8. Welcome the neighbors

Okay so technically I’ve lived in this neighborhood for a decade and some might say there has been plenty of time to knock on doors to introduce myself, but better late than never, right? I could bring a warm, fresh loaf of banana bread or my famous butterscotch-infused cupcakes and invite them over for coffee sometime. The only way this one could backfire is if one of my neighbors happens to also be in my beginner’s cooking class, or has already met me but my terrible memory fails me and I look like a complete buttface when they look me in the eye and say, “Girl I know you because we’ve met like four times already at Amy’s holiday parties.”

9. Go to the dog park

I neither have a dog nor do I want a dog, but dog people seem to be way friendly. Plus when a rogue pup starts dry-humping my leg, it’s a great opener to meet its owner who will likely run over with apologies. It’d be so easy to guilt them into hanging out with me sometime after that! I’d just have to find a way to make sure whoever’s dog I borrow gets it to poop before we leave, because I am so not carrying a crinkly blue bag heavy with steaming excrement swinging from my wrist all the way back to their place nope nope nope.

10. Attend wine/beer tastings

Lots of bars around here have these as a way to help bored people with money to blow have a good excuse to get tipsy on a Monday night. Attendees are a mixed bag of girls-night-outers, moms-night-outers, dads-night-outers, and wannabe booze snobs, many of them coming with at least one friend in tow, so I know they are capable of making friends—it’s like a built-in reference check! Plus I hear I’m much more charming when I’m a few mini beers in and temporarily forget to never ever ever trust or open up to strangers (which I admit sometimes gets in the way of my ability to make new friends).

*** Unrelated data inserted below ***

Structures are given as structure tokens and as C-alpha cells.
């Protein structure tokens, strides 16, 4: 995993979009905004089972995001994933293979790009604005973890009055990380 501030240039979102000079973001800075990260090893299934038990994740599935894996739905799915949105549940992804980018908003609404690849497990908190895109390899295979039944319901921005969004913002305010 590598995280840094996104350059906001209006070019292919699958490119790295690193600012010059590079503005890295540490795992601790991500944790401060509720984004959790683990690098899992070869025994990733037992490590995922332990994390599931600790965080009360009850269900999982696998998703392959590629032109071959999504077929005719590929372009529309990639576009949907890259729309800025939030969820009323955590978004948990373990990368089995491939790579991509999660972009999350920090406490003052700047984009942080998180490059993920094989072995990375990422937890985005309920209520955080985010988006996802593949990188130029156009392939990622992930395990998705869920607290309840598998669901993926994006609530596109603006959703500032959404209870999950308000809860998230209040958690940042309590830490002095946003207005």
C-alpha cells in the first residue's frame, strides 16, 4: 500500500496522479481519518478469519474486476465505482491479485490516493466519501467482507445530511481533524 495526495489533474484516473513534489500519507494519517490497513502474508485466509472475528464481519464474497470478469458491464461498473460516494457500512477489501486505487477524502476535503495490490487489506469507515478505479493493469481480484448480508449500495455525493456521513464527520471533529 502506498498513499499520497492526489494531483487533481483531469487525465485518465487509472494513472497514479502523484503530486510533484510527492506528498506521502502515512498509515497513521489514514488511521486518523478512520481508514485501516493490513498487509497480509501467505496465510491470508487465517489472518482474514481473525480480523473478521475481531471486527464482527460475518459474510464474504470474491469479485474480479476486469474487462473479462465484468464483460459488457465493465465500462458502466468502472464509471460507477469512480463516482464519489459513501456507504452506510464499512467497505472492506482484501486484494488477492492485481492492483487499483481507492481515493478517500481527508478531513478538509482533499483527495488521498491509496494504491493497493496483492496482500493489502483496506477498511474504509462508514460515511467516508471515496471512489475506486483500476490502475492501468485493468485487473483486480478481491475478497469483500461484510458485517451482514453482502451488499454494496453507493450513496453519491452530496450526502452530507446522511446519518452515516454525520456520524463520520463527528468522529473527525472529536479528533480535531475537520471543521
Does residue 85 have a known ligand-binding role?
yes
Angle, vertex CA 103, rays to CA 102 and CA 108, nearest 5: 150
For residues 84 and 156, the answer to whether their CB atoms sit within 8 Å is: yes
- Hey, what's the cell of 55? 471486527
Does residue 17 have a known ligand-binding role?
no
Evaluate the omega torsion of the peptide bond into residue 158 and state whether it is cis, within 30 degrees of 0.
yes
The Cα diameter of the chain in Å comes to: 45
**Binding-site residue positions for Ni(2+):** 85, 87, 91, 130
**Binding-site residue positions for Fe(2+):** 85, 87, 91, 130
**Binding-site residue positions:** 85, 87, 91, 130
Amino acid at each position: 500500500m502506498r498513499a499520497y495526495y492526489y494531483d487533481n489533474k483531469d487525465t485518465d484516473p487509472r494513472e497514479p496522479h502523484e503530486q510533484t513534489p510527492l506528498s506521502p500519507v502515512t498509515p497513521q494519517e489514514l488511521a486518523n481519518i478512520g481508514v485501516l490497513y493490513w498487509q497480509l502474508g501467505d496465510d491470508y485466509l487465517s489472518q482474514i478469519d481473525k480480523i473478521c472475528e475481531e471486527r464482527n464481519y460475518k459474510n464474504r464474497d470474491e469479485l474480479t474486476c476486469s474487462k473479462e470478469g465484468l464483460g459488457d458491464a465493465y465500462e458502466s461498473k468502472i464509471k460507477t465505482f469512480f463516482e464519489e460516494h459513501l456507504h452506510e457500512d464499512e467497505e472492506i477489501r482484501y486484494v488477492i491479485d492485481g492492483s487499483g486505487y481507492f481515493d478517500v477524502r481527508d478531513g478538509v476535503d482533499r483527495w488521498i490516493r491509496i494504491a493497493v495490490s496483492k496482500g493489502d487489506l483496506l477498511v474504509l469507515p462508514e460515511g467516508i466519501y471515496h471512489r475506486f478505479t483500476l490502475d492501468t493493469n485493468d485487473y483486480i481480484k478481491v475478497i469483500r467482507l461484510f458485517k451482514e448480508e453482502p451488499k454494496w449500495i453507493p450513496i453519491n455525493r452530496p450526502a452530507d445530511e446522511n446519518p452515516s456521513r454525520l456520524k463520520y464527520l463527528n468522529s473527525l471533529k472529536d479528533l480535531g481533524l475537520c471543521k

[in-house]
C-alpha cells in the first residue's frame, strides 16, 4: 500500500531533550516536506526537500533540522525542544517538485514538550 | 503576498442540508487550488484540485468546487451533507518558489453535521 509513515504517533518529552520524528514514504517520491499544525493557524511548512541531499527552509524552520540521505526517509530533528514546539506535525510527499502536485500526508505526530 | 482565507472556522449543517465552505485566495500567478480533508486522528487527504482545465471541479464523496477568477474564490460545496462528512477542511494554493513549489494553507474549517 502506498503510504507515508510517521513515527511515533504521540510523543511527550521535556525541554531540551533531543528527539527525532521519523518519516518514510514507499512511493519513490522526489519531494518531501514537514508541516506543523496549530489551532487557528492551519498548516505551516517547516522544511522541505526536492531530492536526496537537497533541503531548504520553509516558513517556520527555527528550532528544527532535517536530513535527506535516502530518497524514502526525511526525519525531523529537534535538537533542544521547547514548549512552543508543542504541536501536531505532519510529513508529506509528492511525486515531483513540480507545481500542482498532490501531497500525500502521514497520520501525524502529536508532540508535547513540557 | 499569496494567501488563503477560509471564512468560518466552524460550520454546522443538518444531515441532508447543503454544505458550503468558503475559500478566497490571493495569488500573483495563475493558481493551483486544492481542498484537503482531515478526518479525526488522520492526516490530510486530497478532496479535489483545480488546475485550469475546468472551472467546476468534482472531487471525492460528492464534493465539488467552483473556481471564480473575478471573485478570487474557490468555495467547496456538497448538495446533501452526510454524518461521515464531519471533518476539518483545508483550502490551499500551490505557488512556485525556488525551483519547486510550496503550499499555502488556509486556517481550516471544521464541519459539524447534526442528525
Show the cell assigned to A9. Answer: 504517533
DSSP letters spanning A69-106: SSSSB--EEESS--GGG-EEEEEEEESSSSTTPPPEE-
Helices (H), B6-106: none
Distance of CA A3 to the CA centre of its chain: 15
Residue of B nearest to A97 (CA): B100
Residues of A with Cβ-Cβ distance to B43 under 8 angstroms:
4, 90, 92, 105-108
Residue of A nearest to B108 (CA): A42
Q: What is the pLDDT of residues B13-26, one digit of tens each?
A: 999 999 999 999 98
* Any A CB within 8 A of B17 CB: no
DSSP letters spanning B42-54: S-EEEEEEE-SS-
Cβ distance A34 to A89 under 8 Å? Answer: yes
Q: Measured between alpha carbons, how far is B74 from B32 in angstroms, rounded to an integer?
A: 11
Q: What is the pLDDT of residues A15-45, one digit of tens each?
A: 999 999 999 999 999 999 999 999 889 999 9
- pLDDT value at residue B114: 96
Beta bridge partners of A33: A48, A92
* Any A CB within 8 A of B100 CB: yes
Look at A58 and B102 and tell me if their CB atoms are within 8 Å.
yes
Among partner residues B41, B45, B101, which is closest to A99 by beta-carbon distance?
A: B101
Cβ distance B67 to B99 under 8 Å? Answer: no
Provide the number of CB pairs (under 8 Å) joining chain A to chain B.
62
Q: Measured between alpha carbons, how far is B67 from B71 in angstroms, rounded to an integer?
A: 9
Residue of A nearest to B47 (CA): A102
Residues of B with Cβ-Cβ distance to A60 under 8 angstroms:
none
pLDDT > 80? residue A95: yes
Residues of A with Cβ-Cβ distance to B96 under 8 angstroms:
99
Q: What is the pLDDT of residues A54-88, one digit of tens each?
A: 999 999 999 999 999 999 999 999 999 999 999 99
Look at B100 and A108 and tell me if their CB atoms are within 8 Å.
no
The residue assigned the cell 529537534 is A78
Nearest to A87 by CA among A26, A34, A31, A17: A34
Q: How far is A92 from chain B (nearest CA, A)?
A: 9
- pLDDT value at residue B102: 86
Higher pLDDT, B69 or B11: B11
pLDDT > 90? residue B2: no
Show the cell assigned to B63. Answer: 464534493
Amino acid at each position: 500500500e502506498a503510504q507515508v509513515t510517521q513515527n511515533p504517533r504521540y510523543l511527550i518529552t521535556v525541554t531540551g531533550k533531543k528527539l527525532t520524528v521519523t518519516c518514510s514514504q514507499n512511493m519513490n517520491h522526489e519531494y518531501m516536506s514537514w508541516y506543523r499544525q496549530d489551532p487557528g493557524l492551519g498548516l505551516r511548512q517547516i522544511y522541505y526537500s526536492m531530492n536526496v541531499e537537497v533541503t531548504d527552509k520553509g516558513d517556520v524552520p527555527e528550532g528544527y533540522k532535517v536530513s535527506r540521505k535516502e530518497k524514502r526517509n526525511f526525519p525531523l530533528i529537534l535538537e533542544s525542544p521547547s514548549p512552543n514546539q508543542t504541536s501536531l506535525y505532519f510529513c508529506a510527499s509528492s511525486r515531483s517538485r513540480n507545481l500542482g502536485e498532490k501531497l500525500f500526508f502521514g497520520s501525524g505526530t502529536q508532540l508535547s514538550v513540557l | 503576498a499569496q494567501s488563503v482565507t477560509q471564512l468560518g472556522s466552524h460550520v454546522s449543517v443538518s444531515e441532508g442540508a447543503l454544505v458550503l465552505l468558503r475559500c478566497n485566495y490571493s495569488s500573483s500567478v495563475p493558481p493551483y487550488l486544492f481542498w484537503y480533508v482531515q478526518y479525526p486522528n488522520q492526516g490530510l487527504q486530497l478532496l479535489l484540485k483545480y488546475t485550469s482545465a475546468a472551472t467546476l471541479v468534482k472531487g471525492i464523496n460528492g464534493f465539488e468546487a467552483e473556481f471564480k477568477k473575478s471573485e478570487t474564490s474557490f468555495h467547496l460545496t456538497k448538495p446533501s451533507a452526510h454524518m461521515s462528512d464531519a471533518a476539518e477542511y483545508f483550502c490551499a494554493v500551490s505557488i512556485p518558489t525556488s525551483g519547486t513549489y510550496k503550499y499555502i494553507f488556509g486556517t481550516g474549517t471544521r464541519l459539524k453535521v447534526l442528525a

11. Stop RSVPing “no” just because I’m an old fart

I’m not saying I plan to say yes to every mass-emailed “party” invite that includes a hostess trying to sell me leggings, lipstick, spices, tote bags, or skin cream, but it wouldn’t hurt to stop gasping out loud at the atrocity of someone inviting me to join them and some friends for some celebration that begins after 8:30pm. Yes, that’s my usual Pajama O’Clock, but it wouldn’t kill me to throw on my own skin cream, lipstick, and fancy leggings to go whoop it up after dark someplace other than my own couch—there might be a pool of potential friends there trying to hide their yawns, too.

12. Rekindle old friendships

We all have those friends who faded into the sunset right about the time we couldn’t stop talking about the stretchiness of our cervical mucous or the consistency/color/scent of our new baby’s loose stools. Maybe they, too, now have a brood of their own, and can relate to the stuff that revolted them a decade ago. Or maybe they stayed childless by choice, and are ready to have us back into their lives if we pinky swear not to cry over our mojitos about whether or not we can afford to send our offspring to college in a few years. We once liked each other enough to brunch and shop and use one another as emergency contacts at work in our pre-life-partner days: so why not now? It’s worth a shot!

13. Get my kids involved

I am not above begging my kids to set me up on playdates with their new friends’ parents after they thoroughly suss them out. And if they refuse, I’ll just offer to stand where the principal stands each morning to welcome students at the front door of the middle school while holding a stack of business cards that say, “MOM” with my cell number and I’ll hand them out to any parents who walk their kids onto school grounds. That’s cool, right?

Photo: Getty